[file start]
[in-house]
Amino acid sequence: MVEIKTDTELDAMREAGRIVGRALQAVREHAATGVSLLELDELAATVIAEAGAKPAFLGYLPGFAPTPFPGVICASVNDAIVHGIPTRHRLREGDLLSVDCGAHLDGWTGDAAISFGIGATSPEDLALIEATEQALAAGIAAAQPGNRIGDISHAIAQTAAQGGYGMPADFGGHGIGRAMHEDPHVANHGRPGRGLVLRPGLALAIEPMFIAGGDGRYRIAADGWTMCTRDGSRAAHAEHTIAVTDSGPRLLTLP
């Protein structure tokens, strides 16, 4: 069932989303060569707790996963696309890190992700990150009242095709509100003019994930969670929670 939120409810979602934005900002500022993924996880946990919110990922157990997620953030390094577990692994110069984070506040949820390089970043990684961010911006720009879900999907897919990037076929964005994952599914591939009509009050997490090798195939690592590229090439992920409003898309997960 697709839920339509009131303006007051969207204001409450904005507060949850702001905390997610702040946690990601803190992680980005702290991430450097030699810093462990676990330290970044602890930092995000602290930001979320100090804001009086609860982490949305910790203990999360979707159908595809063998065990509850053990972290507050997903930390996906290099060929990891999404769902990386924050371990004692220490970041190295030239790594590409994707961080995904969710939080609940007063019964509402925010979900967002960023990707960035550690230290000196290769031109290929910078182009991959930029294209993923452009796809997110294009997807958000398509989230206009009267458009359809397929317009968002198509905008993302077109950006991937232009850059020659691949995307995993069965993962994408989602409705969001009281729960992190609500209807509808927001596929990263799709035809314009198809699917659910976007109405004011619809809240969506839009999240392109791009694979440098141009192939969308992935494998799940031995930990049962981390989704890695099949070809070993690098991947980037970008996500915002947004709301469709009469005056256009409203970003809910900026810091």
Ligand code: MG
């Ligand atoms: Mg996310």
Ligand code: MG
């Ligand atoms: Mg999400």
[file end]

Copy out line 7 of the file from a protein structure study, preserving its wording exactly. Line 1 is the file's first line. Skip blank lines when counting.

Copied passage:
């Ligand atoms: Mg999400």